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It was mine and a
friend’s birthday last week and on Saturday (14 January) we and
some other friends dragged our tired arses to Clapham Junction to try
a new Eritrean Restaurant called Adulis. It was a lovely experience
and one that I will try again.
This is their second
restaurant (the original being located in Oval, South London which
opened in 1996) and as a testament to its success they have been able
to open a new branch even in this current financial climate. The
restaurant is named after an ancient port city which was located on
the Red Sea in Eritrea. It was a thriving city in the first century
BC and was a major hub for trade between Yemen and cities of Nubia.
Large Injera Bread
Although I'd never had
Eritrean, it is virtually the same as Ethiopian food. You have Injera
with Tsebhi. Injera is a sough dough pancake made with Taff flour
which gives the pancake a unique tangy flavour. Tsebhi, which is a
stew made from either beef, chicken or lamb is placed on top of the
Injera along with vegetable and lentil dishes. You are then given
some more Injera and you use this to pick up the food, so it's very
“hands on!” Also it makes the restaurant's job easier as they
don't have to wash up any cutlery. You can have cutlery if you don't
want to use your fingers.
Extra Injera Bread
Tsebhi and Vegetable dishes
As most of our group
had never had Eitrean or Ethiopian food, the waiter recommended that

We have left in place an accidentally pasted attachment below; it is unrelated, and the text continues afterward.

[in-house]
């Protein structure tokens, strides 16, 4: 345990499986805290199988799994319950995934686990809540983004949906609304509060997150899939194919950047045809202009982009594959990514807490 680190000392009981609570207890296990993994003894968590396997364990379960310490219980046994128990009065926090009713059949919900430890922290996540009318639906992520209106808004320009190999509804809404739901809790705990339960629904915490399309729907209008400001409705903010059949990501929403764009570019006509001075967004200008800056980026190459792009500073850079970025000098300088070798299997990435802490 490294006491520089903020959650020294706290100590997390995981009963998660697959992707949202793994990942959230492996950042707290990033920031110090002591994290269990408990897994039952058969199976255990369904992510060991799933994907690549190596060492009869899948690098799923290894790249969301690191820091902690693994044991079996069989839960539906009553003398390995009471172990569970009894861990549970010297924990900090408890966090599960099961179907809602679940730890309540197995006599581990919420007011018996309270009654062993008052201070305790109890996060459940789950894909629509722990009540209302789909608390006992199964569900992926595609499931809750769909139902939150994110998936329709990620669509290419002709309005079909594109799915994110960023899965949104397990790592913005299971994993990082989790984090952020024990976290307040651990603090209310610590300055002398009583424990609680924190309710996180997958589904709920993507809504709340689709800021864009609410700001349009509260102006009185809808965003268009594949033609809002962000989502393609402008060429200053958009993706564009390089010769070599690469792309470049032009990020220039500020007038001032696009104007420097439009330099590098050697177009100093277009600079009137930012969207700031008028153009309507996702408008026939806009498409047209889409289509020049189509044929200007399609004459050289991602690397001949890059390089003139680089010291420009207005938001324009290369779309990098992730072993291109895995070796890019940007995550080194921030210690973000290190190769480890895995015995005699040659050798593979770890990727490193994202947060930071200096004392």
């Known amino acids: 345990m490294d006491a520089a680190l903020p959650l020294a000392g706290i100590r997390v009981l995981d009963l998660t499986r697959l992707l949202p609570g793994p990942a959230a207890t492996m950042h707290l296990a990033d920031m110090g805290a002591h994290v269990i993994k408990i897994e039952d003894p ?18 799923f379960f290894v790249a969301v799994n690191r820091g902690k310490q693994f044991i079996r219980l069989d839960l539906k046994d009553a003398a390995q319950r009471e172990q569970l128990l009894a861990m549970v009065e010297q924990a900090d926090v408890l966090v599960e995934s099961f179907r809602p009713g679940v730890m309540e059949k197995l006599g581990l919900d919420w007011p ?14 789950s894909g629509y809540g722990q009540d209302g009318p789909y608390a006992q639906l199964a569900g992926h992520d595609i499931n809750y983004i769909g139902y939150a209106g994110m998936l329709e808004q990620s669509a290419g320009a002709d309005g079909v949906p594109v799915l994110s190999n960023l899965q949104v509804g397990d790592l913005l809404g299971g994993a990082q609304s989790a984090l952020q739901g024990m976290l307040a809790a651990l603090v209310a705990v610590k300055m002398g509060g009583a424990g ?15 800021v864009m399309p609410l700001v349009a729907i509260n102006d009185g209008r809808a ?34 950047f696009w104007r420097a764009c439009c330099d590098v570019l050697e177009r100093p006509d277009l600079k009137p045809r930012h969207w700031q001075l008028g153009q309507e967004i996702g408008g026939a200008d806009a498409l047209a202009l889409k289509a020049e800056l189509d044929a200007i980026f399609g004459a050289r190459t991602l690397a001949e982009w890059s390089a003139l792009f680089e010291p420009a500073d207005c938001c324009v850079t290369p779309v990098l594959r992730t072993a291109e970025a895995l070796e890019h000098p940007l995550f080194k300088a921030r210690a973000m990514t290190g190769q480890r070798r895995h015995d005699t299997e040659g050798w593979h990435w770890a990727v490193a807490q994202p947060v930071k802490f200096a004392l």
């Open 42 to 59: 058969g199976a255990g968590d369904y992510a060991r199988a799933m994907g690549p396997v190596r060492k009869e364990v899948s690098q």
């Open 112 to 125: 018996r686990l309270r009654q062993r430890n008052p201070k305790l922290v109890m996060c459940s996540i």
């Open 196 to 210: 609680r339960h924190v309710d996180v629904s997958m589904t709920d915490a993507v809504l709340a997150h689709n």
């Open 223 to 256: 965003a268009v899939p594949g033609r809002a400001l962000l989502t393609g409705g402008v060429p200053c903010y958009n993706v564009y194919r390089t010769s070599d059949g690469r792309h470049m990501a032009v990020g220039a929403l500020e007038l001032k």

we go for the meal for 4, but make it for 7. So two large Injera's
were brought out and the following was shared between the two
Tibsi – Lamb cubes
fried in purified ghee with onions, rosemary and green chilli and
served with a side salad.
Dorho – Chicken stew
slowly cooked in a rich flavour of herbs, spices and chilli.
Adulis Special –
Chicken cubes fried in green chilli, spices, olive oil and herbs and
served in a charcoal heated clay pan.
Zighni – Spicy hot
beef stew slowly cooked to blend with a rich combination of spices
Spinach – cooked with
garlic, lemon, chilli and olive oil.
Alicha – mild curry
dish with carrots, beans and cabbage
Timtmo – Lentils
spiced and cooked in olive oil
Tsebhi on the Injera
There were four other
dishes but I cannot remember what they were and I couldn't remember
what was in all dishes listed above so I lifted the details from the
What I personally loved
was eating the Injera after we had eaten all the “stews,” because
it had soaked up the juices and the vibrant spicy flavours.
The only disappointment
was the desserts. These were just frozen and Italian based and lacked
any flavour. They were as bad as the main course was good and
slightly let the restaurant down. If they could do such a great job
with the main courses surely it can't be hard to do the same with
They also do a coffee
ceremony, which was a little confusing because it says it cost £9,
but doesn't say how many it is for. We asked and it made about 6
espresso size cups and was very tasty. On the menu it states that it
is a ceremony, but it's done away from the table and so you could
actually miss it. It would have been nice to be told what was going
on and to ask if we wanted to go over and watch. The actual ceremony
is a waiter roasting beans over coals which are then taken away to be
groun once ground they are served in a “jug” with popcorn on
the side. It also involves a pot that also has some hot coals in it
and frankincense is burnt on top, so whilst you drink the coffee you
are surrounded by a wonderful aroma. It was nicely done and
presented, if just a little disjointed.
The staff were polite
and helpful with big smiles and they explained in detail all the
dishes. It was just a shame I cannot remember every thing they served
but that is years of wine drinking for you.....
As I said earlier this
is a new branch and I guess they need time to settle down, but I
would recommend this place if you want something different, enjoyable
and don't mind getting your hands dirty.